John Foy

No, I think where we are is as a private company, we develop community centers and basically sell those assets to generate equity. So I don’t see us changing. I think that malls are our main focus. We think there is great franchise value in those markets where we are today, and we think there are those opportunities for us in the outlet mall-business. So we see that business growing as well.

I don’t think that there is any regional malls under construction today. So we see those opportunities in the regional malls to continue to improve and we think some assets are going to come on to market that are very good for us to acquire.

Craig Smith – Bank of America/Merrill Lynch

How long do you think it may be before you do another ground up regional mall development?

John Foy

Well, Stephen, you might actually…

Stephen Lebovitz

I don’t – we don’t have any on the drawing board right now. So it could be some time, and you know there is not a lot of new development activity. Most of the talk is in the outlet sector. There are some smaller community centers, but you know, when you look at retailers that have driven a lot of the new development, whether it is power centers, or lifestyle centers, or new malls, they are focused on their existing properties, their existing portfolios, you know, making them stronger, some of the retailers are looking international.

So there is just not a lot of demand for new properties, and it is more repositioning existing and redeveloping and strengthening then I think is our focus, and I think that is consistent across the industry.

Craig Smith – Bank of America/Merrill Lynch

Okay. Thank you.

John Foy

Thanks Craig.

Stephen Lebovitz

Thanks Craig.

Operator

Our next question is from the line of Rich Moore with RBC Capital Markets. Please go ahead Mr. Moore.

John Foy

Hi Rich.

Rich Moore – RBC Capital Markets

Hi, good morning guys. I wanted to ask you on the dividend, I mean, your payout ratio was so low, do you think you might accelerate dividend increases in the coming years. Obviously with the balance sheet in great shape, is that something, and I realize you guys aren’t necessarily representing the entire board, but what do you think about that?

Stephen Lebovitz

Well, I think the board will consider that each quarter, and I think that it is very relevant I think with what we have shown as far as growth and the ability to pay down the balance sheet et cetera, basically gives us that ability to focus on the dividend. So the board will basically consider that when they have the next board meeting, and it is one of the topics that is near and dear to our hearts as well.

Rich Moore – RBC Capital Markets

Okay. So you might grow it faster than you think John than the rate of growth with FFO?

John Foy

Well, I think we’re focused on pulling those debt levels down, and also taking advantage of opportunities that we see in the market. So if we can keep capital it is a balancing act between keeping capital, playing down the balance sheet and then basically showing some growth with regard to the dividends. I think you know, I don’t want to break our arms patting ourselves on the back, but I think we have done a pretty good job of managing that in the past.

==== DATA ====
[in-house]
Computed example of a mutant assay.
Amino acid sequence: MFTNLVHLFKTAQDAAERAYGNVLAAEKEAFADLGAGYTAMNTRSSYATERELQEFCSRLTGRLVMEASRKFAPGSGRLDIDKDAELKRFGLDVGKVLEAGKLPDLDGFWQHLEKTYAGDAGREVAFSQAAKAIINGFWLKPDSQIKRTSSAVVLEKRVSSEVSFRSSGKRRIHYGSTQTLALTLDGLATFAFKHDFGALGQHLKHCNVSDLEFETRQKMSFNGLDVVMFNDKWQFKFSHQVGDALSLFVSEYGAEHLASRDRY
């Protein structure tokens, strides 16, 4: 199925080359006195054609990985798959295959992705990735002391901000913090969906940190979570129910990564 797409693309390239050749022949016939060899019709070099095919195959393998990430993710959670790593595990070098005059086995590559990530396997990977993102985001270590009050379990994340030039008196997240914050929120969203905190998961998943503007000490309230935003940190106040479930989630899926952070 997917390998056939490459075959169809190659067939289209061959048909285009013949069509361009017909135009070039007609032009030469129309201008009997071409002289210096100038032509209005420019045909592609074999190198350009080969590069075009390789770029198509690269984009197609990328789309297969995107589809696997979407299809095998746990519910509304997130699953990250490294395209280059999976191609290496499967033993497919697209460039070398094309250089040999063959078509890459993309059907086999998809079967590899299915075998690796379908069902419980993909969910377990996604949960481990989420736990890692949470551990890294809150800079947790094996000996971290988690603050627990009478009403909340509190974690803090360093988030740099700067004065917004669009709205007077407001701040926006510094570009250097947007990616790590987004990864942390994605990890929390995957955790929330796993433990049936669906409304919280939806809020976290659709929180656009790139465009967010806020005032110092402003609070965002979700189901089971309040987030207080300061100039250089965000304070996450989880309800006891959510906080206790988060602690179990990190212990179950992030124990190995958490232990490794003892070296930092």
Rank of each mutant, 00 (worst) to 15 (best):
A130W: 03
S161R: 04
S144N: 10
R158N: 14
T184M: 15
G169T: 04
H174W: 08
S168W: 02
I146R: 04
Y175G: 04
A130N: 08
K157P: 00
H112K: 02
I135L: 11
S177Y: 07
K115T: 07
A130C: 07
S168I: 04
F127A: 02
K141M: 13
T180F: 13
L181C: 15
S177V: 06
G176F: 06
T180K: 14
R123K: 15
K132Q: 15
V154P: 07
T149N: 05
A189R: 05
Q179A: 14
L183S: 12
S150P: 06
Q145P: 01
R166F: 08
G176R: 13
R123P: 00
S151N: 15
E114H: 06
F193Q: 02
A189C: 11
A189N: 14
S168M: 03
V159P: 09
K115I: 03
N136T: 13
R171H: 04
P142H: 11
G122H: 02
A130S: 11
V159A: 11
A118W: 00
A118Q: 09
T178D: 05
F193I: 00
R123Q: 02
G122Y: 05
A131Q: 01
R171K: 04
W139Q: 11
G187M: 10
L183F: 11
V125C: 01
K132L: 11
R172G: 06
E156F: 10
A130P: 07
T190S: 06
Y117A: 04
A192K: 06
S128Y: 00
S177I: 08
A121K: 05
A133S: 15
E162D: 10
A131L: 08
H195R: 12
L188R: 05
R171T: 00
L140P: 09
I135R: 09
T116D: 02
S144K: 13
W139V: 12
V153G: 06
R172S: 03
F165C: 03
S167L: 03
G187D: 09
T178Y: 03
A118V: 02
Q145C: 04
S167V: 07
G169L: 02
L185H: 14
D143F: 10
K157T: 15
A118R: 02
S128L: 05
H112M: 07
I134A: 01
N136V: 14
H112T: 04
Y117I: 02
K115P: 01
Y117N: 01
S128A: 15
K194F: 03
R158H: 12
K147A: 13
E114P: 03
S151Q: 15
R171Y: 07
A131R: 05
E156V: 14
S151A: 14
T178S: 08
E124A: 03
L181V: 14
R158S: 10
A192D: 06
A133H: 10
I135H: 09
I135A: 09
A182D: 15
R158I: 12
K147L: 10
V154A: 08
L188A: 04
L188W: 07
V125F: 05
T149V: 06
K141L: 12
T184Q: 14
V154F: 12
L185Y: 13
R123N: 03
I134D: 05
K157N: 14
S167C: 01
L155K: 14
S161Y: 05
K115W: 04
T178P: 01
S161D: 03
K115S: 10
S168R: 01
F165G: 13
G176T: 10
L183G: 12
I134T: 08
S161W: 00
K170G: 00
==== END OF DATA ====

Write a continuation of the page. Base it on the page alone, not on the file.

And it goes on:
Rich Moore – RBC Capital Markets

Okay. That sounds good. Thank you, and then, on your preferreds, your C and your D, I think is the C callable at this point?

John Foy

Yes, they both are.

Rich Moore – RBC Capital Markets

They both are. Okay. Would you consider taking either of those out and replacing them with cheaper preferreds, have you looked at the preferred market, what kind of pricing could you get?

Stephen Lebovitz

Well, we do look at that constantly. I think one of the things that basically is in the market today, the advantage of where we’re with those preferreds is that change of control is getting to be quite a hot button with new people who are buying preferreds, and the advantage to us that these preferreds they don’t have a change of control, and we can also call them at any time.

So I think we will look at that. We will check the market to see what is going on, and it is something that we watch every day.

Rich Moore – RBC Capital Markets

I mean, would you add more preferred on top of these, or have you got enough preferred?

Stephen Lebovitz

I think we got capacity to do so. I think it is surprising to look at what you are going to use for use of the capital et cetera. But you know, I think what we’re doing is we are amortizing significant sums on our first mortgages. We are selling off assets when it makes sense to do so, and we are refinancing and saving money. And we are always focused on the risk involved in what is the return to our shareholders. So it is very important to us.

Rich Moore – RBC Capital Markets

Okay, great. Thank you.

Stephen Lebovitz

Thanks Rich.

Operator

And there are no more questions registered at this point Mr. Lebovitz. So I will now turn the call back to you for your closing remarks.

Stephen Lebovitz

We like to thank everyone again for joining us this morning. We are proud of our achievements in 2011, and looking forward to continuing our momentum in 2012. Thank you.

Operator

Ladies and gentlemen, that does conclude our conference call for today. We thank you for your participation, and ask that you please disconnect your lines. Have a great day everyone.